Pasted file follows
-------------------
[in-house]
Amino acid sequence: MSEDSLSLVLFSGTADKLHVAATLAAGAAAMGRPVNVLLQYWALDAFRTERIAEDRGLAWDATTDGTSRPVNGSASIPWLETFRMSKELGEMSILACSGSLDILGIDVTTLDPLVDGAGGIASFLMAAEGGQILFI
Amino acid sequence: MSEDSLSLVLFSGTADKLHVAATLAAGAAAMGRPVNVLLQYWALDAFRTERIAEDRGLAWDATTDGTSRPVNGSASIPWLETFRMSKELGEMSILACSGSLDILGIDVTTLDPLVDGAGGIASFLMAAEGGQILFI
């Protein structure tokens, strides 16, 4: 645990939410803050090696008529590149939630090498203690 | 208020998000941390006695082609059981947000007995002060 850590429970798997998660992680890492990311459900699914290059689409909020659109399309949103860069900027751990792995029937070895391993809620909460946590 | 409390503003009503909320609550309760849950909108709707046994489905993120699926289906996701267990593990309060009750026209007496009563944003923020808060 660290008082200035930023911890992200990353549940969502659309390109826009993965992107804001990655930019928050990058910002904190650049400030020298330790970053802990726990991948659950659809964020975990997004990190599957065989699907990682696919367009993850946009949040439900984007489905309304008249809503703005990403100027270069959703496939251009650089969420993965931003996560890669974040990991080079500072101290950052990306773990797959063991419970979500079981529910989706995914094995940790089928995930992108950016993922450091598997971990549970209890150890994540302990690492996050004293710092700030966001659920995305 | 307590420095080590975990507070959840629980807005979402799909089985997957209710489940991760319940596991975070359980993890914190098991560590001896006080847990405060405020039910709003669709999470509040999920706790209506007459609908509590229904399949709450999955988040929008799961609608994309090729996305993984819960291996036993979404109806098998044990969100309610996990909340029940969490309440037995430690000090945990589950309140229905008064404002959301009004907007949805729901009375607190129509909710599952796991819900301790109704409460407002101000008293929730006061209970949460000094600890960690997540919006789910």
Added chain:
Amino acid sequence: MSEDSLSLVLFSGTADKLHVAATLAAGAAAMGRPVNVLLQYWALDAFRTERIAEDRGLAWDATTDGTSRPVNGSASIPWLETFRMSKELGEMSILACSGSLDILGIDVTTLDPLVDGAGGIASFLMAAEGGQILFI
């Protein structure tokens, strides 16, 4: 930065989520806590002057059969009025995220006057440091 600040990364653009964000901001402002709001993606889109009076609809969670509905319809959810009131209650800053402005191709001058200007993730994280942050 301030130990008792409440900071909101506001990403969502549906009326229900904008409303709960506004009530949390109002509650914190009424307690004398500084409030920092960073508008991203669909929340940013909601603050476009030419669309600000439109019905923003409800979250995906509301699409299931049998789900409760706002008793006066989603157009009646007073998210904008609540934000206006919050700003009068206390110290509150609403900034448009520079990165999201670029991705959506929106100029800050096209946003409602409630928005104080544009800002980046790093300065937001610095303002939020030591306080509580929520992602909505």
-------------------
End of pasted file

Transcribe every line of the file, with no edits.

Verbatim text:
[in-house]
Amino acid sequence: MSEDSLSLVLFSGTADKLHVAATLAAGAAAMGRPVNVLLQYWALDAFRTERIAEDRGLAWDATTDGTSRPVNGSASIPWLETFRMSKELGEMSILACSGSLDILGIDVTTLDPLVDGAGGIASFLMAAEGGQILFI
Amino acid sequence: MSEDSLSLVLFSGTADKLHVAATLAAGAAAMGRPVNVLLQYWALDAFRTERIAEDRGLAWDATTDGTSRPVNGSASIPWLETFRMSKELGEMSILACSGSLDILGIDVTTLDPLVDGAGGIASFLMAAEGGQILFI
């Protein structure tokens, strides 16, 4: 645990939410803050090696008529590149939630090498203690 | 208020998000941390006695082609059981947000007995002060 850590429970798997998660992680890492990311459900699914290059689409909020659109399309949103860069900027751990792995029937070895391993809620909460946590 | 409390503003009503909320609550309760849950909108709707046994489905993120699926289906996701267990593990309060009750026209007496009563944003923020808060 660290008082200035930023911890992200990353549940969502659309390109826009993965992107804001990655930019928050990058910002904190650049400030020298330790970053802990726990991948659950659809964020975990997004990190599957065989699907990682696919367009993850946009949040439900984007489905309304008249809503703005990403100027270069959703496939251009650089969420993965931003996560890669974040990991080079500072101290950052990306773990797959063991419970979500079981529910989706995914094995940790089928995930992108950016993922450091598997971990549970209890150890994540302990690492996050004293710092700030966001659920995305 | 307590420095080590975990507070959840629980807005979402799909089985997957209710489940991760319940596991975070359980993890914190098991560590001896006080847990405060405020039910709003669709999470509040999920706790209506007459609908509590229904399949709450999955988040929008799961609608994309090729996305993984819960291996036993979404109806098998044990969100309610996990909340029940969490309440037995430690000090945990589950309140229905008064404002959301009004907007949805729901009375607190129509909710599952796991819900301790109704409460407002101000008293929730006061209970949460000094600890960690997540919006789910």
Added chain:
Amino acid sequence: MSEDSLSLVLFSGTADKLHVAATLAAGAAAMGRPVNVLLQYWALDAFRTERIAEDRGLAWDATTDGTSRPVNGSASIPWLETFRMSKELGEMSILACSGSLDILGIDVTTLDPLVDGAGGIASFLMAAEGGQILFI
């Protein structure tokens, strides 16, 4: 930065989520806590002057059969009025995220006057440091 600040990364653009964000901001402002709001993606889109009076609809969670509905319809959810009131209650800053402005191709001058200007993730994280942050 301030130990008792409440900071909101506001990403969502549906009326229900904008409303709960506004009530949390109002509650914190009424307690004398500084409030920092960073508008991203669909929340940013909601603050476009030419669309600000439109019905923003409800979250995906509301699409299931049998789900409760706002008793006066989603157009009646007073998210904008609540934000206006919050700003009068206390110290509150609403900034448009520079990165999201670029991705959506929106100029800050096209946003409602409630928005104080544009800002980046790093300065937001610095303002939020030591306080509580929520992602909505």